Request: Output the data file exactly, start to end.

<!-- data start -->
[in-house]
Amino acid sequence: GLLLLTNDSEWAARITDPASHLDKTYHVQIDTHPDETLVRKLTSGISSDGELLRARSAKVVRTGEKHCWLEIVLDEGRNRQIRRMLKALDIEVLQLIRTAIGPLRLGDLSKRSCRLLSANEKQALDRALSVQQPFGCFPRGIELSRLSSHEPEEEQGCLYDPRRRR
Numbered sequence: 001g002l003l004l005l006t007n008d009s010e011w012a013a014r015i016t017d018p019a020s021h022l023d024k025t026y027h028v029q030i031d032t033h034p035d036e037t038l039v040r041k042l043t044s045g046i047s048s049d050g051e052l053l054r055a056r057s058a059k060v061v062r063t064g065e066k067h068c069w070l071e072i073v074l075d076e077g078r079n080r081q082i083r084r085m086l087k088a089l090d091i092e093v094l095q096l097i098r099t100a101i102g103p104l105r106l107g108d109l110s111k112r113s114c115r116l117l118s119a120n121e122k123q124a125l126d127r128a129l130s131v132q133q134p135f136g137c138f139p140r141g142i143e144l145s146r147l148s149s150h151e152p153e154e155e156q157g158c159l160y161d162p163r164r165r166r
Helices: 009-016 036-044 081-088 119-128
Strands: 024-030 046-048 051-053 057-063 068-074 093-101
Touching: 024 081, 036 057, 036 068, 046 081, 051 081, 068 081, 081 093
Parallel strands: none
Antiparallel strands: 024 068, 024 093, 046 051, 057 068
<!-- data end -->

[in-house]
Amino acid sequence: GLLLLTNDSEWAARITDPASHLDKTYHVQIDTHPDETLVRKLTSGISSDGELLRARSAKVVRTGEKHCWLEIVLDEGRNRQIRRMLKALDIEVLQLIRTAIGPLRLGDLSKRSCRLLSANEKQALDRALSVQQPFGCFPRGIELSRLSSHEPEEEQGCLYDPRRRR
Numbered sequence: 001g002l003l004l005l006t007n008d009s010e011w012a013a014r015i016t017d018p019a020s021h022l023d024k025t026y027h028v029q030i031d032t033h034p035d036e037t038l039v040r041k042l043t044s045g046i047s048s049d050g051e052l053l054r055a056r057s058a059k060v061v062r063t064g065e066k067h068c069w070l071e072i073v074l075d076e077g078r079n080r081q082i083r084r085m086l087k088a089l090d091i092e093v094l095q096l097i098r099t100a101i102g103p104l105r106l107g108d109l110s111k112r113s114c115r116l117l118s119a120n121e122k123q124a125l126d127r128a129l130s131v132q133q134p135f136g137c138f139p140r141g142i143e144l145s146r147l148s149s150h151e152p153e154e155e156q157g158c159l160y161d162p163r164r165r166r
Helices: 009-016 036-044 081-088 119-128
Strands: 024-030 046-048 051-053 057-063 068-074 093-101
Touching: 024 081, 036 057, 036 068, 046 081, 051 081, 068 081, 081 093
Parallel strands: none
Antiparallel strands: 024 068, 024 093, 046 051, 057 068